Blooming Cacti

28 October 2021

It is almost time for holiday cactus plants to bloom again. Often you will hear someone say their Christmas cactus is blooming early again. It could be that what they are growing is actually a Thanksgiving cactus. These are two different varieties of the succulent. The most obvious difference is the “leaves”. A Thanksgiving cactus has pointed edges and the Christmas cactus has smoother, rounded edges. There is also an Easter cactus, but that is for another time.

These are true cacti and can live for quite some time, up to 100 years. They are often passed down from generation to generation. They are native to rainforests.

Cactus

Either plant likes a well drained soil mix. You can pick up some succulent soil already prepared or you can make your own from equal amounts of peat moss, perlite, vermiculite, and soil. This will be porous enough to give good drainage. Be sure the pot has at least one good sized drainage hole.

They don’t like being overwatered so be sure the soil is dry before you give it the next drink. Remember that the top of the soil dries out first. To be sure it is ready, stick your finger into the soil. If it still feels moist, wait for the next watering. If you don’t want to ruin your manicure, pick up a probe in the garden department. It works on any plant.

Fertilize monthly from June through August. Use any balanced houseplant fertilizer but only give it half strength doses. Beginning in September, change the fertilizer to one with low nitrogen but high phosphorus and potassium.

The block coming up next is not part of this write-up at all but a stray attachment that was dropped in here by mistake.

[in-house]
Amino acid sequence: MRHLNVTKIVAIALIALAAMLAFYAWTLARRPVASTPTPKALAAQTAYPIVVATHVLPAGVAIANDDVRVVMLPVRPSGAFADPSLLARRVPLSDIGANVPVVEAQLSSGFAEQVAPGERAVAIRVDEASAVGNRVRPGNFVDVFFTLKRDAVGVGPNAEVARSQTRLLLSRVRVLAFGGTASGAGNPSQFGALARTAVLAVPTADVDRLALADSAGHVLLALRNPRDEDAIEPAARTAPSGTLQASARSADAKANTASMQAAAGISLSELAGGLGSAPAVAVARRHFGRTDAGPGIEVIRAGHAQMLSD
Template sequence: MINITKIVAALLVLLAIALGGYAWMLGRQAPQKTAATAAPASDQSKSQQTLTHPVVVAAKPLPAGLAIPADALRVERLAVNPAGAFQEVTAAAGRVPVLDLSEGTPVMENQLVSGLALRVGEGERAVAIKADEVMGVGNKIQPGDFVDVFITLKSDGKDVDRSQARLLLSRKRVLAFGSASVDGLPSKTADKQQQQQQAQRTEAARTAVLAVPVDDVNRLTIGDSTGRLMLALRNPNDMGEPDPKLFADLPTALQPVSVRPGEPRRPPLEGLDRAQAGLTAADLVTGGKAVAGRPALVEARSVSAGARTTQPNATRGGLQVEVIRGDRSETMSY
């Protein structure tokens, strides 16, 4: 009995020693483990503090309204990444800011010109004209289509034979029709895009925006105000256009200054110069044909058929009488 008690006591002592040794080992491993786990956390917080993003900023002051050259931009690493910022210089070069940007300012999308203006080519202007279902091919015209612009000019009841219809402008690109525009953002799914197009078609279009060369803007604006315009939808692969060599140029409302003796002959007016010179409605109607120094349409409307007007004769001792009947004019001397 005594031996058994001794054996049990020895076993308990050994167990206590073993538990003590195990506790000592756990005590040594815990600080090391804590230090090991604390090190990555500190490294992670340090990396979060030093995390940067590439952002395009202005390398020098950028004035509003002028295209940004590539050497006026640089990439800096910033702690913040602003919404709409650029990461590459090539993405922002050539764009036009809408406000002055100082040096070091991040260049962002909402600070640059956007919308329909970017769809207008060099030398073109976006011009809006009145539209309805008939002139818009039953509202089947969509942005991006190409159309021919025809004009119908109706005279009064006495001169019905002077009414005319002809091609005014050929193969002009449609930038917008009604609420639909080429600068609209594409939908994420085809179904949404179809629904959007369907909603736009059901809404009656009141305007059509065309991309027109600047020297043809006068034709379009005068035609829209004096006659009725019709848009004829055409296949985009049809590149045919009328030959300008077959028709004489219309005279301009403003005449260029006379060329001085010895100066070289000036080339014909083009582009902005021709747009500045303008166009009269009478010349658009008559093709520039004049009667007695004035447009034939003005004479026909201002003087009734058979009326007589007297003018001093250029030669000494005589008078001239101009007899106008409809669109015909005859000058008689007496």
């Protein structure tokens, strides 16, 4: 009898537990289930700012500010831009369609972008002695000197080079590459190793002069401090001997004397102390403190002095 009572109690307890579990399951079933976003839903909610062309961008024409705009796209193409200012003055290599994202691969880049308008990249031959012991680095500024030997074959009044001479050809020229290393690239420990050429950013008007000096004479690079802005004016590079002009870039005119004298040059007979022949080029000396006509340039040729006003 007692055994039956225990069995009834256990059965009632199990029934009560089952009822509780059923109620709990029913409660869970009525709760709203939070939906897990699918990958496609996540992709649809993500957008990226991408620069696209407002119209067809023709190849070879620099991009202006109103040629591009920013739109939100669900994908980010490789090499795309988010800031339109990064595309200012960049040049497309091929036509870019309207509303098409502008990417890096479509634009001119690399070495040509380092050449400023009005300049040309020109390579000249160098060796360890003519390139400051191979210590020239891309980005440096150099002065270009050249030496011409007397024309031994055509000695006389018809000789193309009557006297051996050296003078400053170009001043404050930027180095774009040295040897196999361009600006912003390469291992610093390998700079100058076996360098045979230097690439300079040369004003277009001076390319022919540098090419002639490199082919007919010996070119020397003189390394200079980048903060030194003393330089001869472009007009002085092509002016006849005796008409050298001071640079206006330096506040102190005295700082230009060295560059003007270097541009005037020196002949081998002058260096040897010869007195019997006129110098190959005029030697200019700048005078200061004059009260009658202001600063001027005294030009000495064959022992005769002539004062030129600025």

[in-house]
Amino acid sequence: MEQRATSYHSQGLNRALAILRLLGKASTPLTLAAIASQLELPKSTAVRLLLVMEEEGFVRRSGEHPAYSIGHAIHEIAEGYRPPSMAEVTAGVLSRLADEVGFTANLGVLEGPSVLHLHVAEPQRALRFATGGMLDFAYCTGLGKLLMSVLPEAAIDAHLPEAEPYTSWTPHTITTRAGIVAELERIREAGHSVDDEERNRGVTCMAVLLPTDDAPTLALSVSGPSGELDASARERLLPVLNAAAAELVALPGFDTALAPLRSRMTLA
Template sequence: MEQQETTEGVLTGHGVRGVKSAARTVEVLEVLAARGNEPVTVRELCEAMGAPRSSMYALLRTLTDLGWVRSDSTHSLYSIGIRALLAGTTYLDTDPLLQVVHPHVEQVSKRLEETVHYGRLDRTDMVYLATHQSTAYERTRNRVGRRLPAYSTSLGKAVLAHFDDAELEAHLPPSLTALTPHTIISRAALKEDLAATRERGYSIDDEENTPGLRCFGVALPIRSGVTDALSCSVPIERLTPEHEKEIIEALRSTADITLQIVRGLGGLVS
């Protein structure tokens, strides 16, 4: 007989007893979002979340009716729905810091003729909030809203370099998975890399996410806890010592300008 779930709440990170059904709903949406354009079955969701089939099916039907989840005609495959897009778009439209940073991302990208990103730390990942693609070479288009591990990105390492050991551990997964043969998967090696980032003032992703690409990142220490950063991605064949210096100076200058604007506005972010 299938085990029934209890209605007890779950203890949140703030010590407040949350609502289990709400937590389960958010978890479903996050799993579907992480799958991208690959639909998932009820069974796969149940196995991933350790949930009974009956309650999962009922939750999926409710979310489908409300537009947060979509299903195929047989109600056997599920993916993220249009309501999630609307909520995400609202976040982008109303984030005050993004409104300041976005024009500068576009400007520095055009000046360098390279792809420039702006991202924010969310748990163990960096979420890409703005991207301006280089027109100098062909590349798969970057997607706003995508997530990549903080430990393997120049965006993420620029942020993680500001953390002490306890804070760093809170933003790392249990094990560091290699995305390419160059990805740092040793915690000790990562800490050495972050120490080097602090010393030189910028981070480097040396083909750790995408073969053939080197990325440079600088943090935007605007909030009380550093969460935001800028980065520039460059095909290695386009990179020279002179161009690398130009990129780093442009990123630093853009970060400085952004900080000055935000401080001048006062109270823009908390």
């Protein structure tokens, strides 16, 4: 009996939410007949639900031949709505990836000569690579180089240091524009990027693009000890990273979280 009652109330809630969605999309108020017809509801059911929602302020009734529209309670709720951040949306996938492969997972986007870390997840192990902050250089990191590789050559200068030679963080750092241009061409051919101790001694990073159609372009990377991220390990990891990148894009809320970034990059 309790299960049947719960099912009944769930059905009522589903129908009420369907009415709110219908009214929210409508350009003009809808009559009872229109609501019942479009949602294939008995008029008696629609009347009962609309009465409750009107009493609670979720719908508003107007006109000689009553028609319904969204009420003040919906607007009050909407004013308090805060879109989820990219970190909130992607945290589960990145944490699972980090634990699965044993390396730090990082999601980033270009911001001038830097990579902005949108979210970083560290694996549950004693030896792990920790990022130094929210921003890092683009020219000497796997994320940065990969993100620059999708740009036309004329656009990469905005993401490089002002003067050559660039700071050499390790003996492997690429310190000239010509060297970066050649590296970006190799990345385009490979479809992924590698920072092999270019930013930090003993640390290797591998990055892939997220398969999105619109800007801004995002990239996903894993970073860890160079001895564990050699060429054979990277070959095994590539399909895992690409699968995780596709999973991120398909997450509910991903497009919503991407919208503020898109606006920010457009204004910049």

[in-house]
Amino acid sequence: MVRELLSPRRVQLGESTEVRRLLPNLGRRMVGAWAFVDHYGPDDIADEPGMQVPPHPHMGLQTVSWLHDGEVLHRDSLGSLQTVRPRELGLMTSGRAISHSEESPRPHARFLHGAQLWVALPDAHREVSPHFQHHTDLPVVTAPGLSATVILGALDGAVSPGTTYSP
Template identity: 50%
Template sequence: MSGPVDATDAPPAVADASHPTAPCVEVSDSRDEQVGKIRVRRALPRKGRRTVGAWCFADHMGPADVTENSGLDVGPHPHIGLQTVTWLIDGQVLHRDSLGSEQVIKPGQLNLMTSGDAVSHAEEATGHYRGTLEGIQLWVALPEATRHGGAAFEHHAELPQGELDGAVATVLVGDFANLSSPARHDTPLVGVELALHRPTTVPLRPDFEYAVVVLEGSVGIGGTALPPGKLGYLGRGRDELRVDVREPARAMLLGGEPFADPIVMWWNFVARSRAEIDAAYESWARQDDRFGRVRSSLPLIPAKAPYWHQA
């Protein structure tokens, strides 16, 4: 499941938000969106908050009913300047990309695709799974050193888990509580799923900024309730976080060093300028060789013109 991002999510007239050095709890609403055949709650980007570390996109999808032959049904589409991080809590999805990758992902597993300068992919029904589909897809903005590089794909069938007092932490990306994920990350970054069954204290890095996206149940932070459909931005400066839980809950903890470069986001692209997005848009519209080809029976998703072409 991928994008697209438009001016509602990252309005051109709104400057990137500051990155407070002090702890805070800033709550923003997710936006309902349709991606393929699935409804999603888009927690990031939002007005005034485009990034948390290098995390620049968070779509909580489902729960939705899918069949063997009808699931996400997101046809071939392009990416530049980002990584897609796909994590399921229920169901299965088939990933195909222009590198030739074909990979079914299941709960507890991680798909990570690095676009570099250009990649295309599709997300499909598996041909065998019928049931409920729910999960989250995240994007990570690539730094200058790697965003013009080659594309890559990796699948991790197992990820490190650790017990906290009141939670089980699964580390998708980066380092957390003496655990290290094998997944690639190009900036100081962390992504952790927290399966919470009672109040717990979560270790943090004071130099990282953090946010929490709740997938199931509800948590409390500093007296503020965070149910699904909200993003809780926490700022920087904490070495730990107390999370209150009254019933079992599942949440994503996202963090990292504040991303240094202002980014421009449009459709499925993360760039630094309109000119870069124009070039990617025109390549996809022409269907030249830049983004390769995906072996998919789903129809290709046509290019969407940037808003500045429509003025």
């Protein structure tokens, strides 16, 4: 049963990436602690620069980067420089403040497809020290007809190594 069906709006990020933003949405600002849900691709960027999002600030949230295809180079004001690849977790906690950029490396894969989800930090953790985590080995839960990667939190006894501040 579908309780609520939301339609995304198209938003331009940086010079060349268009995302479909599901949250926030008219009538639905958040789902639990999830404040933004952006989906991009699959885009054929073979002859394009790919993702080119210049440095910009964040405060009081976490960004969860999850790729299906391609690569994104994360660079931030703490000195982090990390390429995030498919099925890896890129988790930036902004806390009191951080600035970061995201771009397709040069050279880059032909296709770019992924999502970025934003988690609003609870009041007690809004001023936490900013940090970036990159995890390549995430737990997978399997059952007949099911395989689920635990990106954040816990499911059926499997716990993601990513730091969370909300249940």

Fertilize

Give it bright light but not direct sun. They thrive in night temperatures around 65 degrees. To form the flower buds, the night temps need to be from 50 to 55. They are fine outdoors as long as they are in a shaded area. Bring them indoors when the temperature dips to 35.

The flower buds start to form in September and continue through November. During that time bright and indirect light is fine but from dusk to dawn it should be placed in a dark room with a temperature of 50 to 55 degrees. If the seasonal weather cooperates and you are putting them outdoors to have them cool enough to bud, remember that the plant does not differentiate one light source from another. So, even a street lamp can make it think it is still daytime.

As the flower buds are forming, the plant likes to be pampered. Drafts or sudden changes in temperature or humidity may cause it to drop the buds. If you want to enjoy the blooms in a room other than where you are letting the buds develop, very carefully move them as soon as the buds appear.

If the plant does not produce blooms it is probably because the temperature is too warm or not enough darkness. It may also lack the proper nutrients. If the buds start to drop, be sure it is not getting an drafts from an HVAC vent. If it develops more blooms than it can support, it is just pruning itself. Just keep giving it your good TLC including proper watering, fertilizing, and light and temperature control.

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